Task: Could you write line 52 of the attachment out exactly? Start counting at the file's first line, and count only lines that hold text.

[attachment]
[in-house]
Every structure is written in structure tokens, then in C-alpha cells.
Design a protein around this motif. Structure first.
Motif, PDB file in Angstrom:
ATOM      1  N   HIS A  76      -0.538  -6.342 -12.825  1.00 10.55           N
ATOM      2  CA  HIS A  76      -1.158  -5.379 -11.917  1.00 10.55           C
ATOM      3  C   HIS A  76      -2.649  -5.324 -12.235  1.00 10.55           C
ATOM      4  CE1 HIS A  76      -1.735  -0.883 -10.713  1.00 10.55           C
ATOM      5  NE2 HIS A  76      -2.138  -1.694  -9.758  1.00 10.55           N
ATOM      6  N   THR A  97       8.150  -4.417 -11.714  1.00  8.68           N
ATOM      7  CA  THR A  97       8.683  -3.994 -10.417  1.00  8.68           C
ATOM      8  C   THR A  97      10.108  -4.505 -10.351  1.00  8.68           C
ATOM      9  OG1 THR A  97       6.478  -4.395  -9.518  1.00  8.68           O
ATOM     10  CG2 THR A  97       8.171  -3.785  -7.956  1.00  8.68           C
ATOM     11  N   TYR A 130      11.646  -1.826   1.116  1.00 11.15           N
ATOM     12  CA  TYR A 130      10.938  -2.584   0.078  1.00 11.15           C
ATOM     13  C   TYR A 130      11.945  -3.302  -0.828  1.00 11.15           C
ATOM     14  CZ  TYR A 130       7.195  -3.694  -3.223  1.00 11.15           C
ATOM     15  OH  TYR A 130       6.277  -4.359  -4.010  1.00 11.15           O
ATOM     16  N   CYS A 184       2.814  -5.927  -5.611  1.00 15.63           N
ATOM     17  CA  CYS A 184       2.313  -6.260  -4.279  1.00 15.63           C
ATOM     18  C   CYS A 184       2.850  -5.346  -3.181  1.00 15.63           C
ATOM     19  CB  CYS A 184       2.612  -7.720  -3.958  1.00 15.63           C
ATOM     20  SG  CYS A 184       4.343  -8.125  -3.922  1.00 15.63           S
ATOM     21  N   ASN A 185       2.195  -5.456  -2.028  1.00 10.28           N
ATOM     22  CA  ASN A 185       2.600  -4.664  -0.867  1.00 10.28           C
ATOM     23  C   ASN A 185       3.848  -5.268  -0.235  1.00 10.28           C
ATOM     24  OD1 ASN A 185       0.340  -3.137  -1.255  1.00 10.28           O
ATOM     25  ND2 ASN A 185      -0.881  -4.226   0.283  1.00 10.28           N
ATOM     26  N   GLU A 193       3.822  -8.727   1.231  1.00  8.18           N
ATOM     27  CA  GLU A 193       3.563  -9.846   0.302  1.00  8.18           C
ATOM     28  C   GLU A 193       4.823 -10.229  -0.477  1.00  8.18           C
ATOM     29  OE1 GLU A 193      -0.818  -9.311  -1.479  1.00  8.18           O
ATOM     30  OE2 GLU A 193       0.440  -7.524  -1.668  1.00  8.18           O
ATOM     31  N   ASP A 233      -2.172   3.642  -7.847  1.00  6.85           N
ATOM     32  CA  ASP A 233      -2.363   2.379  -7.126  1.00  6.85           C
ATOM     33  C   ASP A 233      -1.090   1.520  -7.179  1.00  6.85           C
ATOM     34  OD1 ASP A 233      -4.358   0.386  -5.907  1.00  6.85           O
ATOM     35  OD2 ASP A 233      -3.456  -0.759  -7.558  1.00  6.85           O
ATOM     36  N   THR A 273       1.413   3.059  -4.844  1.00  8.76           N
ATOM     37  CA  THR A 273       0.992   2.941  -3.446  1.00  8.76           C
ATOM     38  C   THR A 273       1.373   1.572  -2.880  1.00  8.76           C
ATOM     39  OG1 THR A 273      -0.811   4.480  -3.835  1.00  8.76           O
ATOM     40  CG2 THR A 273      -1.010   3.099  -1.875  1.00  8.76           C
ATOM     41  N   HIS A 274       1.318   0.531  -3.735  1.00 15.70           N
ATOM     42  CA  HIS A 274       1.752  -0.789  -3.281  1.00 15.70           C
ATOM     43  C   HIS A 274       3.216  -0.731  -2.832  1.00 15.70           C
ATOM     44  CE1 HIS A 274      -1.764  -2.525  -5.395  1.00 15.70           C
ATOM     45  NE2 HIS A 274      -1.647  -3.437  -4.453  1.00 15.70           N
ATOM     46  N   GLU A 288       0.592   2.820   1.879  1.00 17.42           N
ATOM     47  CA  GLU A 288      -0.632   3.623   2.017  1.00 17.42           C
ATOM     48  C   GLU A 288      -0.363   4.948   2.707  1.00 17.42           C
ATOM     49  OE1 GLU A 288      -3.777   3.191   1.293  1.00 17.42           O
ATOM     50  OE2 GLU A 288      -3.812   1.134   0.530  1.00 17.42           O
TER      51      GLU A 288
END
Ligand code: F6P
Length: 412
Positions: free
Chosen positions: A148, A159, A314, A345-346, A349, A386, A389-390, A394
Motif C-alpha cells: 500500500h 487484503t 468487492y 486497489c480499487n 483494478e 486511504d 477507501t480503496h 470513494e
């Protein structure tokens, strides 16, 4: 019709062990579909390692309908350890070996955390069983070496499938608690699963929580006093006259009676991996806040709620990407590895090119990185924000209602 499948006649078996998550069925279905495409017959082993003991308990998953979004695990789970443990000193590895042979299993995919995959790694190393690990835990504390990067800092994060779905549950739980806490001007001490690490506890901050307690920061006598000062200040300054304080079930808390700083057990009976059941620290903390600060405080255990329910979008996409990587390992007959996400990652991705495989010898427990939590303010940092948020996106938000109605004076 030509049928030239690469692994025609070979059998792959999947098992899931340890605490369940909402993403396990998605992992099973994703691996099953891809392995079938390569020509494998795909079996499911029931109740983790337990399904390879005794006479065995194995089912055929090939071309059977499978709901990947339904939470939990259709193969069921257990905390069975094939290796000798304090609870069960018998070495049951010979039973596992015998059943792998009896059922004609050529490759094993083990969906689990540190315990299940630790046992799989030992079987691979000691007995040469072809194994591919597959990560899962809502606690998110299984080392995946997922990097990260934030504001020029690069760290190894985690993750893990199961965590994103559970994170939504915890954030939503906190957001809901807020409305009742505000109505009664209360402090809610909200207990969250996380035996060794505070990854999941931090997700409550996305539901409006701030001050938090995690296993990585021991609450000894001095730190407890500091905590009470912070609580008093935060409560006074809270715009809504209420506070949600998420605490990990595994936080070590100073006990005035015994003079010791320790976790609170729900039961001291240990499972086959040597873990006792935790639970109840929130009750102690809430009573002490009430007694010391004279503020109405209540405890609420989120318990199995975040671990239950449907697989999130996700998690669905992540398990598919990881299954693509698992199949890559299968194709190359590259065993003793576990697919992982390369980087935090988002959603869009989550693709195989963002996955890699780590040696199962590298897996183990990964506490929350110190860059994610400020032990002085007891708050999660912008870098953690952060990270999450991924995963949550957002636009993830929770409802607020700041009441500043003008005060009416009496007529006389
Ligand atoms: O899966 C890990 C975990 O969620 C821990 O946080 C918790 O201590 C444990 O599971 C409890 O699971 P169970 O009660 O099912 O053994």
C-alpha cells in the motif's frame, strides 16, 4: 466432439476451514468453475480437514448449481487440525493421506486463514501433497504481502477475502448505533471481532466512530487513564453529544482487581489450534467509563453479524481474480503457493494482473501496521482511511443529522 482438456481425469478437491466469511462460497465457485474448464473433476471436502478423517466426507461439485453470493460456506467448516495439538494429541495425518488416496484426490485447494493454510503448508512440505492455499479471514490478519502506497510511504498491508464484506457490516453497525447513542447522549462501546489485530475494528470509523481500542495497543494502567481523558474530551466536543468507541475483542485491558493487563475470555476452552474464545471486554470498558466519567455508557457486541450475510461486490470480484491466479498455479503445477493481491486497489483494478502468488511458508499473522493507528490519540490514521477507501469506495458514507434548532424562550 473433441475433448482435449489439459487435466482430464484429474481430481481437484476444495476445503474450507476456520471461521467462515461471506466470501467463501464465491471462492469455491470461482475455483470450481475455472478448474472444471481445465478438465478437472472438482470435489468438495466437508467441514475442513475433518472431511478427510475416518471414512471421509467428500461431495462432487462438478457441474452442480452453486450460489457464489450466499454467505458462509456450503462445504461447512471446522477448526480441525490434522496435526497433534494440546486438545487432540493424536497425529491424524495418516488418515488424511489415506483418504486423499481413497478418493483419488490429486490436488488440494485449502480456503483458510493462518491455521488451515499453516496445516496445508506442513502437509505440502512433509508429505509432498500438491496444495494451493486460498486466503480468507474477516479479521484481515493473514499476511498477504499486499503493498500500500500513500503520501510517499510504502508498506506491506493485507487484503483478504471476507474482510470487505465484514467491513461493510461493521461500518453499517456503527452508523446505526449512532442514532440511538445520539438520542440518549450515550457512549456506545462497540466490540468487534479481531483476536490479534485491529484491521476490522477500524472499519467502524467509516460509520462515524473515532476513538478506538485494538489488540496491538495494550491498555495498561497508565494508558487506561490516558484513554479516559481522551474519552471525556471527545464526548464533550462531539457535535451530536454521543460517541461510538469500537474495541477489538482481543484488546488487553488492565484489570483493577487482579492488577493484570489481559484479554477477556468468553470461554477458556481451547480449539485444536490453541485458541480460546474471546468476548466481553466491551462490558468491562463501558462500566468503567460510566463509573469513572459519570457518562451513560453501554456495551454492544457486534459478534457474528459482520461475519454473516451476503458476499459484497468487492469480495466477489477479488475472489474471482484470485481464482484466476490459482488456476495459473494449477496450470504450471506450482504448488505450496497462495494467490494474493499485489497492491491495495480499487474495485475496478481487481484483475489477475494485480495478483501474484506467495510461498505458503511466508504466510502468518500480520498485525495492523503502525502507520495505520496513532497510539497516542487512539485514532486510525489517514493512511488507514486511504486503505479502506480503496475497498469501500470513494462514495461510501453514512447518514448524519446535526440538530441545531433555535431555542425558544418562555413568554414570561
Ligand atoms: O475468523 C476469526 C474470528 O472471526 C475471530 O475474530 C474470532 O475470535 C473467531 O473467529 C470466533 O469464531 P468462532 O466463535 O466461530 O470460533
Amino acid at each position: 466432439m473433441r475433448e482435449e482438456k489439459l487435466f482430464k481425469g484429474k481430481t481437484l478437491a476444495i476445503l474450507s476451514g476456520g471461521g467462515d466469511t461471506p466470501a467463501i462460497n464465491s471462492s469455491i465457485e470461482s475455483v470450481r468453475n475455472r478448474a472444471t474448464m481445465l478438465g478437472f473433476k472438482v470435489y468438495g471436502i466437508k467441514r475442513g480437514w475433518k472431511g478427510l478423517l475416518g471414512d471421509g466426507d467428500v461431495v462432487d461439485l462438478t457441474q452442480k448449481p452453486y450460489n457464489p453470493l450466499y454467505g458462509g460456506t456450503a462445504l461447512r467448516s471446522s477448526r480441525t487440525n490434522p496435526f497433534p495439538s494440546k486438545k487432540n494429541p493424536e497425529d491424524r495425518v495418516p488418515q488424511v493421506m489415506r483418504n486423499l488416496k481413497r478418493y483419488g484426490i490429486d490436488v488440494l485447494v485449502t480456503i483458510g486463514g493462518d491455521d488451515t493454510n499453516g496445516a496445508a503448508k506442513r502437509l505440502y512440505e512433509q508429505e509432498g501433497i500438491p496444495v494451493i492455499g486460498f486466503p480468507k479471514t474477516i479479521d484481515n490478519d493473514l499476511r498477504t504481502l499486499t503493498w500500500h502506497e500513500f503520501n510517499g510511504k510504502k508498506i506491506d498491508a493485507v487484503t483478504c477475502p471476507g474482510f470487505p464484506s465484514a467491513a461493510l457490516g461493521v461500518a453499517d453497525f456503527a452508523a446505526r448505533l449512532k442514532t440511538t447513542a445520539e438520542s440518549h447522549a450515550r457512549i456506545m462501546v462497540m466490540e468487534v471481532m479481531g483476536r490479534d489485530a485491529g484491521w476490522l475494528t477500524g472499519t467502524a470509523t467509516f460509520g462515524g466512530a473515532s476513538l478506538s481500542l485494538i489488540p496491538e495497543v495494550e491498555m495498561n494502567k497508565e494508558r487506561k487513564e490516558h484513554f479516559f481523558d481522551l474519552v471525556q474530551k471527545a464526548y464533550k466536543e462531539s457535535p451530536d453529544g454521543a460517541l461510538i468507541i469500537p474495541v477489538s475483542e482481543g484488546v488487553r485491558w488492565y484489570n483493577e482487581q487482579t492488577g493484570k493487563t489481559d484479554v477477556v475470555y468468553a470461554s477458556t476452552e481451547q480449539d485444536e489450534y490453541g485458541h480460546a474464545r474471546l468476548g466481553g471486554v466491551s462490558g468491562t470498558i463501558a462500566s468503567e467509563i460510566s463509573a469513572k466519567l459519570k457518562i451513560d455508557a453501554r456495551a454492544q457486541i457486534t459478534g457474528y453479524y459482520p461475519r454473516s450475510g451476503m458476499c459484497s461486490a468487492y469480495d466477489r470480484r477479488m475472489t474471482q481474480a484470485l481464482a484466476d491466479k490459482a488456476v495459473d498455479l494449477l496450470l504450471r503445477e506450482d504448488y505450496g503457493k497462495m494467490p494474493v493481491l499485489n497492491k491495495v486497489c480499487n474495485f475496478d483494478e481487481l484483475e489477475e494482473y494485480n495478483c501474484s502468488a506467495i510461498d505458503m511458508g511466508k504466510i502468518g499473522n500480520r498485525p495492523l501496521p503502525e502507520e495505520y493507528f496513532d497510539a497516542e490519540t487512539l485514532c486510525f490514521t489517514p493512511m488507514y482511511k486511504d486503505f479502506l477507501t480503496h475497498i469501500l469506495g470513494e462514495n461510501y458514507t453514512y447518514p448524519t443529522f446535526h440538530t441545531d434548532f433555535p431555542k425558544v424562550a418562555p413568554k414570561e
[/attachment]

ATOM     48  C   GLU A 288      -0.363   4.948   2.707  1.00 17.42           C